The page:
Macrolepidotum or Breviceps

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RoughFish
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Macrolepidotum or Breviceps

From what I understand (from Peterson field guide) smallmouth are a subspecies of shorthead redhorse. I have caught several canidates that in the past I thought were all shortheads, but Id like to get some input from all of my fellow anglers. The first is one I caught today in the White River drainage. This fish has a less drastically curved dorsal fin than some of the other I have caught and made me question my previous ID's.

These next two both came from another session last year but from the same spot.

The next two I caught last year in the Tippecanoe River.

Im interested in what you guys think, Ive got my fingers crossed that I may have my first armchair lifer here. I currently have all of these in my shorthead redhorse file.

RoughFish
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Forgot*

I wanted to add that all of these fish had the same mouth shape, only the dorsals and caudal fis varied.

Dr Flathead
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Thats a tough one.  Shorthead

Thats a tough one.  Shorthead range is very hit and miss in Indiana.  The range map on this site says Shorthead are only in a tiny fleck of  NW Indiana.  Other range maps cover the entire northern half of the state.  Tippecanoe River seems to be central to almost northern Indiana.  Would this river be considered Mississippi drainage or Ohio drainage? Also, judging these guys by appearance looks like its pretty inconclusive.   I reviewed the Smallmouth Redhorse lifelist entries and they seem to vary in appearance to me.  Like the dorsal doesnt look the same on all of them.  Some of them just look like Shorthead to me.  One thing I did notice is the tail looks more "Sickllefin like" on these Smallmouths, which is the case on that last redhorse pic you have.  But I dont know if thats reliable either.  I'm a bit out of my comfort level commenting on these questionable reds.  But I sure would love to catch a Smallmouth Redhorse someday.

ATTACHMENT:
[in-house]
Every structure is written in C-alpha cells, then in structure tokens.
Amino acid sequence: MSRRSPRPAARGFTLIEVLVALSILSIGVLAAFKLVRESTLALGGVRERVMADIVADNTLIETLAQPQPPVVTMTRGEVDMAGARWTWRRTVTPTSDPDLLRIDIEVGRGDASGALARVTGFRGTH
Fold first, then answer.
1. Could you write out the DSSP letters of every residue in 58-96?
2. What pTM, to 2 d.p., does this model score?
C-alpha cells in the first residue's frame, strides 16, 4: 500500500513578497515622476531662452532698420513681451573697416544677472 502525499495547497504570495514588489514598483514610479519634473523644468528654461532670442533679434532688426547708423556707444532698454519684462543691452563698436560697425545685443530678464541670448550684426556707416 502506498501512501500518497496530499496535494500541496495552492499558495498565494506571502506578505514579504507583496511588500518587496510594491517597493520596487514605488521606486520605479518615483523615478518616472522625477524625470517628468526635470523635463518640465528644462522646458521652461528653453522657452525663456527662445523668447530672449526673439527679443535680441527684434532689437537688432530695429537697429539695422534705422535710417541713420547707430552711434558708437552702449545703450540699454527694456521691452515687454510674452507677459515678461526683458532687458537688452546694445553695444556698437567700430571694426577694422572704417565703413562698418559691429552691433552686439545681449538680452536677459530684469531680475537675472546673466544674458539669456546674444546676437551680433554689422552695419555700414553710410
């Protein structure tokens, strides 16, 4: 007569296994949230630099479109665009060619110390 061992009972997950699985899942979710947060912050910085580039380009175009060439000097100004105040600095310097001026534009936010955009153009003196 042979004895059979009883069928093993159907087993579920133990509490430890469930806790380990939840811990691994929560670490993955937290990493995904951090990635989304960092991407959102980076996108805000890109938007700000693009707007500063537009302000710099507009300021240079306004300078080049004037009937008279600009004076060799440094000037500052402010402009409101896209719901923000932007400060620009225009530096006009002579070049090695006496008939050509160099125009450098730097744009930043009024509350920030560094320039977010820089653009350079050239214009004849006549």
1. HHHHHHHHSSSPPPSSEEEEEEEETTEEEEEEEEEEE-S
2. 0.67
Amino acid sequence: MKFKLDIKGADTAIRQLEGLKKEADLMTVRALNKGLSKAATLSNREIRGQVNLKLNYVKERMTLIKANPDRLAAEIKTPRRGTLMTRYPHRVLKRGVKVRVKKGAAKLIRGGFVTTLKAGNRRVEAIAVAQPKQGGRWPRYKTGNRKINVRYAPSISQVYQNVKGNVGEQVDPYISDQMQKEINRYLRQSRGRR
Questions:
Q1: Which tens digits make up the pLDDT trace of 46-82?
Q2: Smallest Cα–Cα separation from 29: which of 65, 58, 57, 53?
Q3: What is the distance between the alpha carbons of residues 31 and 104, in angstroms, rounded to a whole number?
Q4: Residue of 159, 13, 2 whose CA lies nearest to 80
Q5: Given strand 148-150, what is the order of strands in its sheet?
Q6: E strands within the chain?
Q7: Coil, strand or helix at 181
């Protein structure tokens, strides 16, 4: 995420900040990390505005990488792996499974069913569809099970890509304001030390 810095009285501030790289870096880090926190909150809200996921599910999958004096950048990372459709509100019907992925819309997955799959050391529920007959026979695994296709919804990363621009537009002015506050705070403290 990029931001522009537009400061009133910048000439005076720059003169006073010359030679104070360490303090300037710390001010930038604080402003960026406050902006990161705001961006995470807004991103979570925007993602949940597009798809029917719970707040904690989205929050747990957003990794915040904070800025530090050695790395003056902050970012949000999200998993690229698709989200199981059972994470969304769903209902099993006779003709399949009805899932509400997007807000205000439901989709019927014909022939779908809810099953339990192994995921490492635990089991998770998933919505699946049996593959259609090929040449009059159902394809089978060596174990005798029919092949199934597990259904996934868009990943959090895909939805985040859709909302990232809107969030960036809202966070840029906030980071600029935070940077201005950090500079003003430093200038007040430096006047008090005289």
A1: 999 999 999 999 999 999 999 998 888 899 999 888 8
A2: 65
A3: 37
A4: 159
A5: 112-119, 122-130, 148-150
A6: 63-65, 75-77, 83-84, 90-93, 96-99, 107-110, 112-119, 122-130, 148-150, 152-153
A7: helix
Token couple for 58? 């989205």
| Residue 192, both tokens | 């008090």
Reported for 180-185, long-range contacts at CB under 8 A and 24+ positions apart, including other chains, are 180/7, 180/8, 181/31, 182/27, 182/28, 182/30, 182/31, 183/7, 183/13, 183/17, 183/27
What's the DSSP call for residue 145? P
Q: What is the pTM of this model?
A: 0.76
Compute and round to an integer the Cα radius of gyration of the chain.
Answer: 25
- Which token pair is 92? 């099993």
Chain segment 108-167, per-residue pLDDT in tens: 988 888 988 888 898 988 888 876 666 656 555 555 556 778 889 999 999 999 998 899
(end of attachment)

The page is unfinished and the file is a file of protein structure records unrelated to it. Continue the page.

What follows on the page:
RoughFish
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The ones from the Tippecanoe

The ones from the Tippecanoe were caught in the Tippecanoe River state park, near Culver Indiana, and would be in the Mississippi drainage. Being from two different drainages made me have higher hopes that these could be different. Maybe Jknuth or others here will have some insight, if not I’ll email them to my district biologist and/or John Lyons and see what they have to say. Between the Peterson guide and Indiana guide the only differences other than the shape of dorsal fin were that the smallmouth sometimes has an uneven caudal fin with a longer and thinner upper lobe.

maurer416
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I fish the same drainage as

I fish the same drainage as you and have only caught Smallmouth Redhorse. It is a tough area because they come close to overlapping in distribution. However, both the White and Tippecanoe flow into the Wabash, which flow into the Ohio, so there should only be Smallmouth Redhorse. I would say the first photo is the only one I am not sure of, the rest appear to be Smallmouth Redhorse. If it was not from the White River I would say based on appearance that the first one is a Shorthead, so it very well could be.